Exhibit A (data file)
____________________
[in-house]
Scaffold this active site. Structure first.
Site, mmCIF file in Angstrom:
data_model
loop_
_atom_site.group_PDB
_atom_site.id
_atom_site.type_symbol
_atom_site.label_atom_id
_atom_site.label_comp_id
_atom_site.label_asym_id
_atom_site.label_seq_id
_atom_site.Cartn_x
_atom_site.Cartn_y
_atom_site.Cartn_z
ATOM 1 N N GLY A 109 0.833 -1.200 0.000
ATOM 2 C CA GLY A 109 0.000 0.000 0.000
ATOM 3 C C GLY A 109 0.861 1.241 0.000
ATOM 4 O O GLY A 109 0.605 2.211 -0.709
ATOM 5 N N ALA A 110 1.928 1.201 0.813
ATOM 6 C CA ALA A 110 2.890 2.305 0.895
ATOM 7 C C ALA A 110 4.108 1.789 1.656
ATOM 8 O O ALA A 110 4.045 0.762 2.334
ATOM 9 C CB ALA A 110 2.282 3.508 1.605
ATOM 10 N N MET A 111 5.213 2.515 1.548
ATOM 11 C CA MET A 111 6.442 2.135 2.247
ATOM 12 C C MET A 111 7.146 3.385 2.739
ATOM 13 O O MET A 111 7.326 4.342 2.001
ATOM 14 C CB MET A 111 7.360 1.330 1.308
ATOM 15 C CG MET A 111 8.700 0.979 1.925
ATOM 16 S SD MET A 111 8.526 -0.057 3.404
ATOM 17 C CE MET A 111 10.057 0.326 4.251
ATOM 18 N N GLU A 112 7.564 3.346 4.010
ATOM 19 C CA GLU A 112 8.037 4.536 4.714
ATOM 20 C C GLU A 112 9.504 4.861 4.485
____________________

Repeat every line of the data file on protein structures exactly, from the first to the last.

[in-house]
Scaffold this active site. Structure first.
Site, mmCIF file in Angstrom:
data_model
loop_
_atom_site.group_PDB
_atom_site.id
_atom_site.type_symbol
_atom_site.label_atom_id
_atom_site.label_comp_id
_atom_site.label_asym_id
_atom_site.label_seq_id
_atom_site.Cartn_x
_atom_site.Cartn_y
_atom_site.Cartn_z
ATOM 1 N N GLY A 109 0.833 -1.200 0.000
ATOM 2 C CA GLY A 109 0.000 0.000 0.000
ATOM 3 C C GLY A 109 0.861 1.241 0.000
ATOM 4 O O GLY A 109 0.605 2.211 -0.709
ATOM 5 N N ALA A 110 1.928 1.201 0.813
ATOM 6 C CA ALA A 110 2.890 2.305 0.895
ATOM 7 C C ALA A 110 4.108 1.789 1.656
ATOM 8 O O ALA A 110 4.045 0.762 2.334
ATOM 9 C CB ALA A 110 2.282 3.508 1.605
ATOM 10 N N MET A 111 5.213 2.515 1.548
ATOM 11 C CA MET A 111 6.442 2.135 2.247
ATOM 12 C C MET A 111 7.146 3.385 2.739
ATOM 13 O O MET A 111 7.326 4.342 2.001
ATOM 14 C CB MET A 111 7.360 1.330 1.308
ATOM 15 C CG MET A 111 8.700 0.979 1.925
ATOM 16 S SD MET A 111 8.526 -0.057 3.404
ATOM 17 C CE MET A 111 10.057 0.326 4.251
ATOM 18 N N GLU A 112 7.564 3.346 4.010
ATOM 19 C CA GLU A 112 8.037 4.536 4.714
ATOM 20 C C GLU A 112 9.504 4.861 4.485